if oil, also in a seasonally strong period, continues to
advance.

In a 7/6/06 note on gold, I mentioned that gold would be very
overbought if it rose from its then current price of $633 up
to the $665 - 670 area. It did, and the profit takers came
in with a vengeance when the overbought was achieved.

With gold now in the $660 range on a rising 200 day M/A, the
upside limit goes to $685 - 690. First of course, gold would
have to push through last resistance up around $670.

Now that gold is off that parabolic run, traders are resorting
to more normal technical disciplines. This factor plus the
current elevated price of gold relative to fundamentals suggests
continued price volatility likely lies ahead.

Thursday, August 03, 2006

Stock Market

I started out the year thinking the SP500 would wind up
2006 up about 12% to 1400, and that progress to that mark
would be relatively smooth. I have been around far too long
to take projections of this sort too seriously, preferring
instead to re-visit them for diagnostic purposes.

Right now, the market is running about 4.5% behind the
projection on a straight line basis. Given moderate volatility
standards, that is no big deal. However, the diagnosis is
of interest. The economy and corporate earnings have proceeded
about as expected. Inflation has been stronger than anticipated,
with the prices of oil and gasoline the main culprits. This
latter development has resulted in some additional shrinkage
of the p/e multiple.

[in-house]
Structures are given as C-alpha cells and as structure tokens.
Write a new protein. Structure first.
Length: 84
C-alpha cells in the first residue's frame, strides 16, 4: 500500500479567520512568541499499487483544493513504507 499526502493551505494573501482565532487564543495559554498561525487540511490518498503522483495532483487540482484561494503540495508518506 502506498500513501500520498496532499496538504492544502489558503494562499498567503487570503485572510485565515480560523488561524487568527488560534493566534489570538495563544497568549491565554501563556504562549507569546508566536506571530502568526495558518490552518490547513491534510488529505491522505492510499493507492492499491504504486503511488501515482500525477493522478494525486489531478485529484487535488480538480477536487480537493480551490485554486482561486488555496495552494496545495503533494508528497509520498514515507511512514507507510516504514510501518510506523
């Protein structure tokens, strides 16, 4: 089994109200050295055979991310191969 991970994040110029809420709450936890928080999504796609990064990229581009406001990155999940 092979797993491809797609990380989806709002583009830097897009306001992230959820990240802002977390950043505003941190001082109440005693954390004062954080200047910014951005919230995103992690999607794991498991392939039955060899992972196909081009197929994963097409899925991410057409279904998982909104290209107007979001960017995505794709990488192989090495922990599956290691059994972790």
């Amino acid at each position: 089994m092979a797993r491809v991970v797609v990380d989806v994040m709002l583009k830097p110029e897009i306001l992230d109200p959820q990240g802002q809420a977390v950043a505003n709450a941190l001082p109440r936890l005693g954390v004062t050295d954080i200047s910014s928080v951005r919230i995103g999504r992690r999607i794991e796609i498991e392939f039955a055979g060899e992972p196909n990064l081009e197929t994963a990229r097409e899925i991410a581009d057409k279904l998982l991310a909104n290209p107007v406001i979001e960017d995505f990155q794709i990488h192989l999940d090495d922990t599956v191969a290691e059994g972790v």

Now, the economy is slowing reflecting further weakness in housing
and sluggish consumer spending. No surprises there. With the
consumer and housing slow, the production and business service sectors
can be expected to follow suit. Yr/yr % earnings comparisons will
dwindle some in the second half of the year, but the chances for a
strong market would still be pretty good if inflation pressures
were to diminish. That would allow the Fed to pause rates and
would bolster the case for a significant bump up in p/e.

The strong trend of commodities prices during the current economic
recovery has added substantially to corporate earnings, particularly
in the areas of oil and gas and industrial materials. But this same
trend has also driven the inflation rate up, resulting in
retardation of the p/e multiple. As it now stands, the strong
price trend for the commodities market overall remains in place.
Now a downshift of inflation normally follows an economic
slowdown, and there are still five months to go in 2006. At the
same time, I would have to say that the tenacity of the push in
fuels and materials prices has been something to behold, especially
since bull moves in commodities can be easily tripped up by the
development of speculative inventory imbalances.

Looking toward 2007, I am still of the mind that a decline approaching
bear market proportions is in the cards. I am guessing that the Fed
will pause short rates before this critical November off-year
election, but that It will resume raising rates at some point
next year as the economy again strengthens and inflation pressure
resurfaces.